“You will never dance with the junior company.”
And then a pause, and a glimmer of affirmation.
“But you will work.”
This sank in.
“I know that too.”
He requested to stay, and the teacher acquiesced, with the proviso that he stay at the back of the class—the perfect place to watch and absorb. That experience, being the worst in the class, has made Dave the best fight choreographer. He buckled down, submitted to the process, and was open about his shortcomings. He acted like he could dance; he tried to think like a dancer. Meanwhile, in addition to his dance training, he had become an accomplished second degree black-belt Tae Kwon Do tournament fighter, and the physical discipline and drills of that form laid a strong foundation for stage combat.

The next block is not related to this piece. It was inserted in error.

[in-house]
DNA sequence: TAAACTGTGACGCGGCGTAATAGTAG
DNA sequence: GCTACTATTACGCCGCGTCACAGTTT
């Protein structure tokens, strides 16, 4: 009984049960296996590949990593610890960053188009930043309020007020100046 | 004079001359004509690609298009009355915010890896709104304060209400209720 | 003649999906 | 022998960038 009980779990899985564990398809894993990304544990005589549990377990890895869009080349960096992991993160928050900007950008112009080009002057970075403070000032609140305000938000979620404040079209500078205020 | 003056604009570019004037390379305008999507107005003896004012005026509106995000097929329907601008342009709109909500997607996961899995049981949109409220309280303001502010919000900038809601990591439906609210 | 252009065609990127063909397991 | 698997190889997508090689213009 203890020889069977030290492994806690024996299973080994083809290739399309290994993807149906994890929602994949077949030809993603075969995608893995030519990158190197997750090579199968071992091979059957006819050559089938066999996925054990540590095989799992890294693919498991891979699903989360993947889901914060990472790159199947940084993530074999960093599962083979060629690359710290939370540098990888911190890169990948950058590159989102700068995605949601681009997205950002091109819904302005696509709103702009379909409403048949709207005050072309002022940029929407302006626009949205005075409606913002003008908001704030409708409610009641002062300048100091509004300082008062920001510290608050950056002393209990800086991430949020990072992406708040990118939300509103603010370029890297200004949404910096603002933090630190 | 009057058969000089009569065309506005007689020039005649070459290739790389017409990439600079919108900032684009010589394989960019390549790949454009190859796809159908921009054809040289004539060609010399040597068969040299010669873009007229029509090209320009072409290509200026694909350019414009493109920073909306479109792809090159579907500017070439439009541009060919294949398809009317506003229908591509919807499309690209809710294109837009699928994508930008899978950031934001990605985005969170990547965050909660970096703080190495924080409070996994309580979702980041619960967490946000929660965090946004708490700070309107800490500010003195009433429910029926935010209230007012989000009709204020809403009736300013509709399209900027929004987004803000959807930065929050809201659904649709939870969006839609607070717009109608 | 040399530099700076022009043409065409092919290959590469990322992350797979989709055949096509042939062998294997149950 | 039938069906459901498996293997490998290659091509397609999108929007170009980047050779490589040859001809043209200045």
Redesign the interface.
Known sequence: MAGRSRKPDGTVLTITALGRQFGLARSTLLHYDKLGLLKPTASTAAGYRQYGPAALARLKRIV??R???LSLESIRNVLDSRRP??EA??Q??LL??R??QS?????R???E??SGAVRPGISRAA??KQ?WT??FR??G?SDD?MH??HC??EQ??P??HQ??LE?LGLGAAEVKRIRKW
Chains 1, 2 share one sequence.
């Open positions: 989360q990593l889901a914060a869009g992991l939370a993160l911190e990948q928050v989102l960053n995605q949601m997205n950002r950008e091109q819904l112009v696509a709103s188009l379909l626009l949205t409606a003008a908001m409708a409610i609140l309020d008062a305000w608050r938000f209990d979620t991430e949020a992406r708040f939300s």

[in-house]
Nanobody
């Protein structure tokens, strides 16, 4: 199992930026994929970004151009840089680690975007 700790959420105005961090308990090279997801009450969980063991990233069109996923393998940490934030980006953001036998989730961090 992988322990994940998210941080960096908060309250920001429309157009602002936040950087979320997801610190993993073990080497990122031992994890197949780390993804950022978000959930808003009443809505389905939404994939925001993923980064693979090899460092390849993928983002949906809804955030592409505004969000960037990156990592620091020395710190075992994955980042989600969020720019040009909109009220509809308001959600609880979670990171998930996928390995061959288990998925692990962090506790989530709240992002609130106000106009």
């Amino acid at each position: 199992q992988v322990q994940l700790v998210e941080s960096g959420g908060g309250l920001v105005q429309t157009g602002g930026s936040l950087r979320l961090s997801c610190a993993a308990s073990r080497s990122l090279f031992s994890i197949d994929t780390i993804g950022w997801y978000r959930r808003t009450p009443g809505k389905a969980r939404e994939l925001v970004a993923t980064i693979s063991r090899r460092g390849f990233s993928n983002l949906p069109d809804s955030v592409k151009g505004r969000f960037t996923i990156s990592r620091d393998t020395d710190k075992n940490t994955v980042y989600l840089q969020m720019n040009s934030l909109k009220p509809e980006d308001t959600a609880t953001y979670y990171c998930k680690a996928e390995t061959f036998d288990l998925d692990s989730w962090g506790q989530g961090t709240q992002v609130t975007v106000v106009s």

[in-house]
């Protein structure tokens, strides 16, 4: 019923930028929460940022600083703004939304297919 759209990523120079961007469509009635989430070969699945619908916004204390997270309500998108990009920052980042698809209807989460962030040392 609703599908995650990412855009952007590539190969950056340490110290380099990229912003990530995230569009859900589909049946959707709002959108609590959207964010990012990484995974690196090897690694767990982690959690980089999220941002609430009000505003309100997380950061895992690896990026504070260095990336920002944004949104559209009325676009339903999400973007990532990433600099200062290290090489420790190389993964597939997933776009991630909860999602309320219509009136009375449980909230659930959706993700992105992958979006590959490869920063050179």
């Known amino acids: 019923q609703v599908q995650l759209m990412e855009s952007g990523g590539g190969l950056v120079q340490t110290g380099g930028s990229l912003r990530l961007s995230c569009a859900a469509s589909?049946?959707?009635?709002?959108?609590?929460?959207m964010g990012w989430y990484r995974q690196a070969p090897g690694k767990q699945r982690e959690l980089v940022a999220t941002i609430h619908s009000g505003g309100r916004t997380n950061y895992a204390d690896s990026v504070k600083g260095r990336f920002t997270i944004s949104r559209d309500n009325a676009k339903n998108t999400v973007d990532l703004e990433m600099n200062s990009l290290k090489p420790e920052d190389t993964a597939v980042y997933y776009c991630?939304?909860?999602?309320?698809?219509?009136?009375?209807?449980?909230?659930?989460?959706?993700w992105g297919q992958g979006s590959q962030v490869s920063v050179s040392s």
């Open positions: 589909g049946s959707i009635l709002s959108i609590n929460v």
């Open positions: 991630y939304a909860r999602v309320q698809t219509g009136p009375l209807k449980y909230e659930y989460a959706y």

After finishing his schooling, he went on to work with avant-garde artists Penny Arcade and Maureen Fleming as a dancer-performer. He also began performing his own work at INTAR, creating personal mythology pieces based on the four elements, storytelling with physical movement and music, but almost no text. He continued working as an actor until finally, in 2003, David Deblinger asked Dave to help out with some fights in Dirty Story by John Patrick Shanley. He agreed, and since then his career has exploded.